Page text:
Mistover Review (Nintendo Switch)

Game: Mistover
Genre: Rogue-like turn based RPG, Adventure
System: Nintendo Switch (also on Windows PC)
Developer|Publisher: KRAFTON, Inc.
Age Rating: M (AU) | 7 (EU) | T (US)
Price: US $29.99 | AU $38.99| £24.99|€ 27,99
Release Date: 10th October 2019

Review code used, thanks to KRAFTON, Inc.

Mistover, is a strategic dungeon-crawling roguelike RPG created by Krafton, Inc. It was released on the 10th of October, 2019 and can be set to Japanese, English, Korean and Chinese.  A timed demo is also available for download on the Nintendo Switch e-shop and Steam! An impression of the demo was written by Paige, which can be read here.

Into the Mist!

In Mistover, you play an unnamed character, who has awaken within the Mist with a form of amnesia; not able to remember who you are or why you are there. Players are then introduced to the game’s combat system, which takes place as a turn-based fight on a 3×3 grid. However, it needs to be noted that as you progress, your moves and positioning of your characters are critical to ensuring your victory. This includes making sure that your unit has a number of balanced abilities that allow for effective buff and debuff stacking, which can be customised within the Training Camp in town. Paige further outlines in her demo impression, the intricacies of the dungeon crawling and combat.

When I first picked up Mistover, I honestly believed that this style of dungeon crawler was not going to be my cup of tea. However, as I progressed through the story I was enchanted by the non-playable characters’ personalities and the way the game made me feel as I embarked on a new expedition. I was always on the edge of my seat, knowing that I was only one poor choice or RNG outcome away from the permanent death of one of my characters.

Although I grew attached to each of my starter characters, it was to my surprise that the weekly rotating roster of additional characters that I could recruit when they died were exact replicas – nothing set them apart. This was something that I felt needed a further rework, especially since there was a spelling error in one of the character descriptors (the Shadow Blade can now apparently “Tranform”).

If I could turn back time

The Doomsday Clock that signifies the time until the end of the world, was something that constantly loomed over me as I progressed through the game. I was always excited to see how my performance during my expedition would affect the clock. But I must say when the clock moved forward due to a mistake or a poor RNG outcome during my time in a dungeon it was especially frustrating. The way that the clock operates heavily depended on the number of monsters that were defeated, chests that you found the keys for and opened and how many Light Flowers you touched.

What I found that negatively impacted the Doomsday Clock most of all, was the death of one of your expedition corp members. When this first happened, I was devastated. It was also at this time where I realized that there was no way to bring back my character, as with most games I would always go, “I will just reset my game” when I experienced a negative outcome.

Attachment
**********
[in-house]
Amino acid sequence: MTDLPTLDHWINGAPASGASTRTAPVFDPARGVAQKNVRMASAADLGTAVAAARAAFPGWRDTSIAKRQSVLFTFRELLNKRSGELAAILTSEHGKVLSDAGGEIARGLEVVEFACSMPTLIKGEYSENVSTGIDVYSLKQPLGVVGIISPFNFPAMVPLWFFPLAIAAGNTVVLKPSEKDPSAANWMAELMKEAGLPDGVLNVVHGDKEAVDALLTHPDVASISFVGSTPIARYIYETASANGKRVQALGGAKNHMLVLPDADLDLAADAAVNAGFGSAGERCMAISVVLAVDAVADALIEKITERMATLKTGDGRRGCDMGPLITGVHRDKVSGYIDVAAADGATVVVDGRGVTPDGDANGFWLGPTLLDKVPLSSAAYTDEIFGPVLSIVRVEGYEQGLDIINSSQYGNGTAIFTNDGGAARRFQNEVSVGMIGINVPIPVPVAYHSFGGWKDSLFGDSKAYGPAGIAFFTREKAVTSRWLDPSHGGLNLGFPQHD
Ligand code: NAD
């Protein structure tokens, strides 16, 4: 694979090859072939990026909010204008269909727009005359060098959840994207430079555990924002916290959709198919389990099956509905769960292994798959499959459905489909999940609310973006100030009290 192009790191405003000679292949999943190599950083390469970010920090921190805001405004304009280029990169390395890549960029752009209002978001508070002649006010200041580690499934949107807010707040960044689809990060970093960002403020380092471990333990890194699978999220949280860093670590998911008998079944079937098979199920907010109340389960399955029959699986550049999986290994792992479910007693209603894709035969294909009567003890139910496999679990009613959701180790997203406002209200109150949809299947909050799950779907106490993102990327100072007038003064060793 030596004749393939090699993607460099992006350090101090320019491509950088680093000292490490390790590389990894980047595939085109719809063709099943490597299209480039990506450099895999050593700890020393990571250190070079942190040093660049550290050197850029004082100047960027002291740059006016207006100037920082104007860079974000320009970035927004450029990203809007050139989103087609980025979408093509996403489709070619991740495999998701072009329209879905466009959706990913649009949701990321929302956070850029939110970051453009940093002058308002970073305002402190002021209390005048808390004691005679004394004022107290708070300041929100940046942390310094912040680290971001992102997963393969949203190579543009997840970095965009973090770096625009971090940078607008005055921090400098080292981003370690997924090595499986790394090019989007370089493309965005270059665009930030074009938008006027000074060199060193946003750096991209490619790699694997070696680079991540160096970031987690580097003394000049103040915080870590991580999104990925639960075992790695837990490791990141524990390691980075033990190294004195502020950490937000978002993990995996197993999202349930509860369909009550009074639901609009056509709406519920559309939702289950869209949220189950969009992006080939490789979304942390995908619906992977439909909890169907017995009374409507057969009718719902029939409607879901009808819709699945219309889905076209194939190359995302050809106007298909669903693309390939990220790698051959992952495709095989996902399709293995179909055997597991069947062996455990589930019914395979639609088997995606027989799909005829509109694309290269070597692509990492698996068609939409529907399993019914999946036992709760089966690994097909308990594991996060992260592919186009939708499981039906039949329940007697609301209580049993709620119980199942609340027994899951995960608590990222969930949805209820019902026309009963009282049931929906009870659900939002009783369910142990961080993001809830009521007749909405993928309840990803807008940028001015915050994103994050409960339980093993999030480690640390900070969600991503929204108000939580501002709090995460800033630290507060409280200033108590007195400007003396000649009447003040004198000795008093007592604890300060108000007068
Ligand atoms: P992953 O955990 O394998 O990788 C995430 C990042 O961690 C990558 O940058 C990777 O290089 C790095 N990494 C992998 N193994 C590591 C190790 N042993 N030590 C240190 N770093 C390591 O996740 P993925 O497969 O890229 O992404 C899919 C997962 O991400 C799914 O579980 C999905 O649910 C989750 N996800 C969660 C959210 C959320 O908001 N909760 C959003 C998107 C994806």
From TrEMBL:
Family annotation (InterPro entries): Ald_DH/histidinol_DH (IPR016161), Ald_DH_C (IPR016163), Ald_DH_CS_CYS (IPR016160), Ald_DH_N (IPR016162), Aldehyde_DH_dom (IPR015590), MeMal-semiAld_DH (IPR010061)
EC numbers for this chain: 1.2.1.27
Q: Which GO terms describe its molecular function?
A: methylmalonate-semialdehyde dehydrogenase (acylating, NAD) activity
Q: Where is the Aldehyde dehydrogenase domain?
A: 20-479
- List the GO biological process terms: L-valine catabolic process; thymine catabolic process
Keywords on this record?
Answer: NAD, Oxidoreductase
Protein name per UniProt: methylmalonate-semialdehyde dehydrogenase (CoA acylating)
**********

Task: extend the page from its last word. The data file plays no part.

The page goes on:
I was disappointed to learn that the game has an autosave feature with no option for manually saving, leaving me with the reality that my favourite Ronin was now permanently gone with only a lookalike with a different name and set of skills in his place. What was also a surprise was that not only my actions during an expedition impacted the Doomsday Clock, but also the choices that I made in town; as positive actions like hiring new recruits and negative ones such as being jinxed influenced the movement of the clock’s hands.


Although, the excitement, stress and being on the edge of the seat every time I picked up the game was enough to keep me playing for the first three ‘regions’, it was the random elements that saw me lose numerous units that made me grow frustrated and put the game down often. The replacement recruits was always a mixed bag, and trying the new tactics that came with their different abilities really pushed me to approach each expedition with a fresh set of eyes. I thought this was a great way to ensure that the game didn’t become stale, but I often found it exhausting when I finally found my pacing that I would have to then restart with a whole new set of characters with different abilities because of poor RNG.

When I first settled in with the game I felt that the developers were heavily inspired by Darkest Dungeon, especially with their gothic undertones and the core game mechanics such as famine and ever-encroaching darkness just around the corner. However, I believe that Mistover has taken all of the good from Darkest Dungeon and created a game that is more forgiving while being thrilling, exciting and frustrating all at once.

Because of this, I am giving Mistover a thumbs up because in the end I really liked the game. Although the RNG could often be devastating, I recommend everyone who is a fan of the dungeon-crawling genre to download the demo and dive into the Mist!

Verdict: I like it

I like it
I like it


  1. That sounds brutal. I like dungeon crawler games that gives you freedom to create your own characters and stuff, but some of those games can be hard enough keeping all those characters up to level only to have them plucked away by perma-death and no way to roll-back. But it definitely sounds fun and challenging in the long run. Some of the character art reminds me of classes from Etrian Odyssey, too.

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